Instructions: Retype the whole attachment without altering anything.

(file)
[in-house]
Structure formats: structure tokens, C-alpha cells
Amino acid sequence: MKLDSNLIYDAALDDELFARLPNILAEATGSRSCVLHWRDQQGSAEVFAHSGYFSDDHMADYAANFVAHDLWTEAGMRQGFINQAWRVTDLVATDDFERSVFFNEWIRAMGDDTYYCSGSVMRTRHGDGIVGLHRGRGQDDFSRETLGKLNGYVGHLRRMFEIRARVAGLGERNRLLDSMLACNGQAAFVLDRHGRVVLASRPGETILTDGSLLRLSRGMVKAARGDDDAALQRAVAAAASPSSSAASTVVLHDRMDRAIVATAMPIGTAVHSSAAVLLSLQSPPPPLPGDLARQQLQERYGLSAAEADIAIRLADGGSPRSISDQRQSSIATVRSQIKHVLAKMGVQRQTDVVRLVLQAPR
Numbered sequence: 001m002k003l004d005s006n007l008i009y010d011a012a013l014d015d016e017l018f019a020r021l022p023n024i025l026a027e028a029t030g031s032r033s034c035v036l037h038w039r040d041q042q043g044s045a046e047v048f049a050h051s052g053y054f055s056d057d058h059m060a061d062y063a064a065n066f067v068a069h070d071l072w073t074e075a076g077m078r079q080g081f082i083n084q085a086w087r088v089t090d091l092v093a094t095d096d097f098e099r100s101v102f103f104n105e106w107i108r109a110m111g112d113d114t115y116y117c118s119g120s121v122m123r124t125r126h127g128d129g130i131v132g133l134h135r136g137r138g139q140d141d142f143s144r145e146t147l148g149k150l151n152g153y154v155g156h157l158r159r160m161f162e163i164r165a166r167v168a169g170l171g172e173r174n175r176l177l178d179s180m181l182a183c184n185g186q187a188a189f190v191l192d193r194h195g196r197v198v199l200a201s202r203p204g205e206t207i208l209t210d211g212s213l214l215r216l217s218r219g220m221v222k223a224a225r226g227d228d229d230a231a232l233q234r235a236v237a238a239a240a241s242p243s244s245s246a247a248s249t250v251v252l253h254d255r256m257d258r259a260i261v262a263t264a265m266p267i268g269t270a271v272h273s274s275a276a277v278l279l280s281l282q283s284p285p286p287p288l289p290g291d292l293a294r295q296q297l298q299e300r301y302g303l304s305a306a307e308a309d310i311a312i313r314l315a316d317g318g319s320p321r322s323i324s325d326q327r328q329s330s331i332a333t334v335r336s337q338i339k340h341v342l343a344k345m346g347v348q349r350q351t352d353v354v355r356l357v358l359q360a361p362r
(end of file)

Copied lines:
[in-house]
Structure formats: structure tokens, C-alpha cells
Amino acid sequence: MKLDSNLIYDAALDDELFARLPNILAEATGSRSCVLHWRDQQGSAEVFAHSGYFSDDHMADYAANFVAHDLWTEAGMRQGFINQAWRVTDLVATDDFERSVFFNEWIRAMGDDTYYCSGSVMRTRHGDGIVGLHRGRGQDDFSRETLGKLNGYVGHLRRMFEIRARVAGLGERNRLLDSMLACNGQAAFVLDRHGRVVLASRPGETILTDGSLLRLSRGMVKAARGDDDAALQRAVAAAASPSSSAASTVVLHDRMDRAIVATAMPIGTAVHSSAAVLLSLQSPPPPLPGDLARQQLQERYGLSAAEADIAIRLADGGSPRSISDQRQSSIATVRSQIKHVLAKMGVQRQTDVVRLVLQAPR
Numbered sequence: 001m002k003l004d005s006n007l008i009y010d011a012a013l014d015d016e017l018f019a020r021l022p023n024i025l026a027e028a029t030g031s032r033s034c035v036l037h038w039r040d041q042q043g044s045a046e047v048f049a050h051s052g053y054f055s056d057d058h059m060a061d062y063a064a065n066f067v068a069h070d071l072w073t074e075a076g077m078r079q080g081f082i083n084q085a086w087r088v089t090d091l092v093a094t095d096d097f098e099r100s101v102f103f104n105e106w107i108r109a110m111g112d113d114t115y116y117c118s119g120s121v122m123r124t125r126h127g128d129g130i131v132g133l134h135r136g137r138g139q140d141d142f143s144r145e146t147l148g149k150l151n152g153y154v155g156h157l158r159r160m161f162e163i164r165a166r167v168a169g170l171g172e173r174n175r176l177l178d179s180m181l182a183c184n185g186q187a188a189f190v191l192d193r194h195g196r197v198v199l200a201s202r203p204g205e206t207i208l209t210d211g212s213l214l215r216l217s218r219g220m221v222k223a224a225r226g227d228d229d230a231a232l233q234r235a236v237a238a239a240a241s242p243s244s245s246a247a248s249t250v251v252l253h254d255r256m257d258r259a260i261v262a263t264a265m266p267i268g269t270a271v272h273s274s275a276a277v278l279l280s281l282q283s284p285p286p287p288l289p290g291d292l293a294r295q296q297l298q299e300r301y302g303l304s305a306a307e308a309d310i311a312i313r314l315a316d317g318g319s320p321r322s323i324s325d326q327r328q329s330s331i332a333t334v335r336s337q338i339k340h341v342l343a344k345m346g347v348q349r350q351t352d353v354v355r356l357v358l359q360a361p362r